Enlarge Photo Credit: Stephanie Cabral

Dimebash 2020: It Was the Best of Times, It Was the Best of Times


With so many incredible musicians on hand to celebrate the life and work of Dimebag Darrell, there’s no conceivable world in which the annual Dimebash, which takes place in conjunction with The NAMM Show every January, ends up being anything other than a resoundingly successful and action-packed night. This year’s Dimebash, which took place on January 16 at The Observatory in Santa Ana, CA, was certainly no exception!

When we say the stars gathered, we mean the stars really fucking gathered. Here are just a few of the bands whose members graced the stage in varying combinations, rotating in and out between songs to perform covers by Pantera and others: Accept, Act Of Defiance, Anthrax, Armored Saint, Bad Wolves, Bad Guys Wear Black, Broken Hope, Butcher Babies, Cody Jinks, Crowbar, Cypress Hill, Dylan Rose, Foo Fighters, Hatebreed, Hellyeah, In Flames, In This Moment, Iron Maidens, Kill Devil Hill, King Diamond, King’s X, Kyng, Lamb of God, Lita Ford, Pearl, Prong, Sebastian Bach, Sepultura, Stone Sour, The Haunted, Testament, Tyr and more. Whew!

With so many notable musicians paying tribute to one of the best of all time, it’s incredibly difficult to pick favorites — the whole damn thing was a celebration, and everyone was most certainly celebrating, if you catch my drift. But of the many Kodak moments (err… Instagram instants?), a few very special moments stuck out.

Sebastian Bach, supported by Courtney Cox (The Iron Maidens), Nick Bowcott (Grim Reaper), Jason Christopher (Prong) and Gene Hoglan (Testament, etc.) performing the Cowboys From Hell radio hit “Cemetery Gates” was a sight to behold. Did Baz hit the high notes?, I hear you asking. Well… mostly! Baz takes good care of his voice, the original singer on that track long ago admitted he could no longer pull it off, and I can’t think of a better stand-in for that classic yet rarely-performed number than Baz, whose connections to Dime ran deep.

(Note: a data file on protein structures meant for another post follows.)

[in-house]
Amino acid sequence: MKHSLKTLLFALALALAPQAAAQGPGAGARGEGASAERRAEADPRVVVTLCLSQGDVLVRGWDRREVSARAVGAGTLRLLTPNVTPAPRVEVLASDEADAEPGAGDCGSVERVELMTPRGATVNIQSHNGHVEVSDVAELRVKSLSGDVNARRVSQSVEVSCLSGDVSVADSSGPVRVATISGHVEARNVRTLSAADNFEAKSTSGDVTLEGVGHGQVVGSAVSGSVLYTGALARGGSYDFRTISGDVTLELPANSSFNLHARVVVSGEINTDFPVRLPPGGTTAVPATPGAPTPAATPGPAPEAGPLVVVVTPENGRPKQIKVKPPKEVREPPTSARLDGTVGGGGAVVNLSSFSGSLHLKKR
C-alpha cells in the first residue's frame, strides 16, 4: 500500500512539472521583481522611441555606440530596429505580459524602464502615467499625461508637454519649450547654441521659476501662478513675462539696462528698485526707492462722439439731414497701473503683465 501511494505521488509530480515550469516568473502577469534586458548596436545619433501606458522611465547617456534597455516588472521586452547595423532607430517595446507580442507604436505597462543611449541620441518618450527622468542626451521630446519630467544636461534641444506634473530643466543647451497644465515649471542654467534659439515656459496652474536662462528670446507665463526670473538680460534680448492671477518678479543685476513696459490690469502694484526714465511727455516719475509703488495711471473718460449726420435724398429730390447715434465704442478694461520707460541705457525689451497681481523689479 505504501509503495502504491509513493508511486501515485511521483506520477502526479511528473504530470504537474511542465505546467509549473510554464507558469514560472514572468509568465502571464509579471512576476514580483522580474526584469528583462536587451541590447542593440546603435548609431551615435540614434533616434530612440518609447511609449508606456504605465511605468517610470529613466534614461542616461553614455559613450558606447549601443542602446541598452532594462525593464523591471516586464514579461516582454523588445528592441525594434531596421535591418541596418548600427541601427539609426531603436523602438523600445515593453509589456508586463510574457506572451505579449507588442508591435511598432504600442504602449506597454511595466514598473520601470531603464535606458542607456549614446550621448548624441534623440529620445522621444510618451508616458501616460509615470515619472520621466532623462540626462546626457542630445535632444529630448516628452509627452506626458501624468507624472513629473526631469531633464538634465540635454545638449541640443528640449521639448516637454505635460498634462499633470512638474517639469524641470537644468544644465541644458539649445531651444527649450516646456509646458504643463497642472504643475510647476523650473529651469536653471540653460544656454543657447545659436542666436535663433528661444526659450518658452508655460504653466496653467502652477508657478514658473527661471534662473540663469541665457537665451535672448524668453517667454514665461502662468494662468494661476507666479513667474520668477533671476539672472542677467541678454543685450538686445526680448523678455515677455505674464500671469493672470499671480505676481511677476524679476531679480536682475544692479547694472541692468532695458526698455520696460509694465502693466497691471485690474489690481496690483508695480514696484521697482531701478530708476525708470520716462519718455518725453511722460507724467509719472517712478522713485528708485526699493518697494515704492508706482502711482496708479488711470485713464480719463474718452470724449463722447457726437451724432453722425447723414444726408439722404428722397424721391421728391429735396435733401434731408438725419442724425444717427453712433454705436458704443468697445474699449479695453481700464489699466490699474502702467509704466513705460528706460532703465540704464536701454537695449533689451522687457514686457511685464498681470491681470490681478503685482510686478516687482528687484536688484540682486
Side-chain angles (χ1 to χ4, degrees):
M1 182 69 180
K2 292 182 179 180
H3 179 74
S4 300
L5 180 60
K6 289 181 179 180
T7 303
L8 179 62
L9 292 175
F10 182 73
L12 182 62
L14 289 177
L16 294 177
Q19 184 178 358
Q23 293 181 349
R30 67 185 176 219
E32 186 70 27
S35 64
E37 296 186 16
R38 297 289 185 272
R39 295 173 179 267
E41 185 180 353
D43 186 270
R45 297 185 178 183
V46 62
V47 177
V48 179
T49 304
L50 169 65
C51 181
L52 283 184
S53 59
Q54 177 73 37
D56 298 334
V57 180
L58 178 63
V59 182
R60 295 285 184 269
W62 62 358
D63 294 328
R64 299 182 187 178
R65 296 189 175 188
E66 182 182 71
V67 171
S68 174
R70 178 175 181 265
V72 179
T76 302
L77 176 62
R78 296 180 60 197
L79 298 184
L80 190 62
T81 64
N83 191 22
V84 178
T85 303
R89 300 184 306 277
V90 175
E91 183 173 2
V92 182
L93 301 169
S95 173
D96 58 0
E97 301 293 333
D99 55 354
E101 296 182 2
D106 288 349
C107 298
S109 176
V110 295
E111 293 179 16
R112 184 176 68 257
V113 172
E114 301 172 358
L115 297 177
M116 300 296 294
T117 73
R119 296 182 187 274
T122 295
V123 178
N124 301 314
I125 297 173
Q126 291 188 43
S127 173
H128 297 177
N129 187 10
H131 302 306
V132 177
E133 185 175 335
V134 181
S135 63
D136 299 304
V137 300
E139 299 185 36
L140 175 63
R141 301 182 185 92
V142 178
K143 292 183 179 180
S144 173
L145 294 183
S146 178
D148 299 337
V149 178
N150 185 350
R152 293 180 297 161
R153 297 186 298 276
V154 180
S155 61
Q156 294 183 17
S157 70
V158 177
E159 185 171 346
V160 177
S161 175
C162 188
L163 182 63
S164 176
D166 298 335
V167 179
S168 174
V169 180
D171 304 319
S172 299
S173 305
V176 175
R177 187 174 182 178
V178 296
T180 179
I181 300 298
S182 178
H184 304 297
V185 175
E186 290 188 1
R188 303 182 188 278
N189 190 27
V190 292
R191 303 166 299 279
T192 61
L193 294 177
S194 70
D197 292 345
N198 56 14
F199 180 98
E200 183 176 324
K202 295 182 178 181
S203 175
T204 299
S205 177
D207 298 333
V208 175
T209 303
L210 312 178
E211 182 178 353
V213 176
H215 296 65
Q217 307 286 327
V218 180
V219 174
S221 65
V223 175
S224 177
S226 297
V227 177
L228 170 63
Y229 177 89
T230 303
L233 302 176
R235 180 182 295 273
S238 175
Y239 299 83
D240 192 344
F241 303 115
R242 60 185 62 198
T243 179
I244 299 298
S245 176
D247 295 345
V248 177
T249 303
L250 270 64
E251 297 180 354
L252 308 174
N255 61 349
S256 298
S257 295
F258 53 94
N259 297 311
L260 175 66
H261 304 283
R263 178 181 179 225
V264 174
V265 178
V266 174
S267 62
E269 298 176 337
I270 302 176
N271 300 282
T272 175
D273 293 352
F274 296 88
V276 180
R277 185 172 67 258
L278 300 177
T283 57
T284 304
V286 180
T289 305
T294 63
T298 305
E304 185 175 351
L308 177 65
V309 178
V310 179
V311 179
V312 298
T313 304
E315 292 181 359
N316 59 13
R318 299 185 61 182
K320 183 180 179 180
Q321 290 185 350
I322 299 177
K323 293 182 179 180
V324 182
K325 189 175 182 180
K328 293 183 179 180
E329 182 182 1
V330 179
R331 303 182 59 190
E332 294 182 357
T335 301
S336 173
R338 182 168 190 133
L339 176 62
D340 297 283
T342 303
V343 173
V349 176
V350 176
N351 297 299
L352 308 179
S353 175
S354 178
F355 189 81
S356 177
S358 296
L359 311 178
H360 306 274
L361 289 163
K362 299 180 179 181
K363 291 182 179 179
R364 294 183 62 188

Another fan-favorite came when Dimebag’s widow, Rita Haney, personally set up 10 floor toms at the front of the stage, then invited several drummers up to pound along to the tribal beats of Sepultura’s “Roots” while a band featuring current Sep vocalist Derrick Green, drummer Roy Mayorga (Stone Sour), guitarist Attila Voros (Tyr, Nevermore, Satyricon) and bassist Tanya O’Callaghan worked through the tune. Metal Injection’s Frank Godla (who has played drums in Silvertomb, Meek is Murder, END, Empyreon and others) got a helluva kick out of jamming the classic Sep cut right beside Dave Grohl and Gene Hoglan! The audience was pumped, and the band was visibly loving every second of it.

Later in the night, three members of Anthrax performed Foo Fighters’ “Weenie Beenie” with Dave Grohl on vocals and, better yet, Scott Ian’s son Revel, just eight years old, on guitar. Revel, you might remember, is a huge Foos fan: last year he joined Grohl and co. on stage for a performance of “Everlong” in front of an absolutely massive festival audience. It’s a treat to watch Revel jam out with his dad and some of the best musicians in all of rock n’ roll, and you can only imagine the thrill he experienced in doing so (or maybe it’s just normal for him?).

With all the star power at Dimebash inevitably comes a bit of celebrity gawking, and this writeup wouldn’t be complete if I didn’t mention some of my own. I met and chatted with Gene Hoglan, a consummate professional and gem of a human being who confessed his love of MetalSucks to me (thanks, Gene, I adore your work, too!). At one point I found myself standing next to Mike Inez but got too star-struck to say hello, a rarity for me after 13 years in this business. And last but certainly not least, there was Chad Kroeger from Nickelback, who bought me and my friends a round of drinks, a story I told in detail here which had us laughing for days and likely will for years. All that’s to say nothing of the dozens of old friends I ran into and caught up with over drinks and riffs, a pastime of which Dimebag himself would most certainly be proud.

I can only imagine the logistical gymnastics necessary to produce an event like Dimebash, so kudos are certainly in order to everyone involved in helping to make it happen. Thanks to their efforts, not only did a thousand or so revelers get to watch a literal once-in-a-lifetime performance and celebrate the legacy of one of metal’s most notorious shredders who was taken from us to soon, but they can sleep well knowing proceeds from the event will benefit music education and animal rescues. Beers up!

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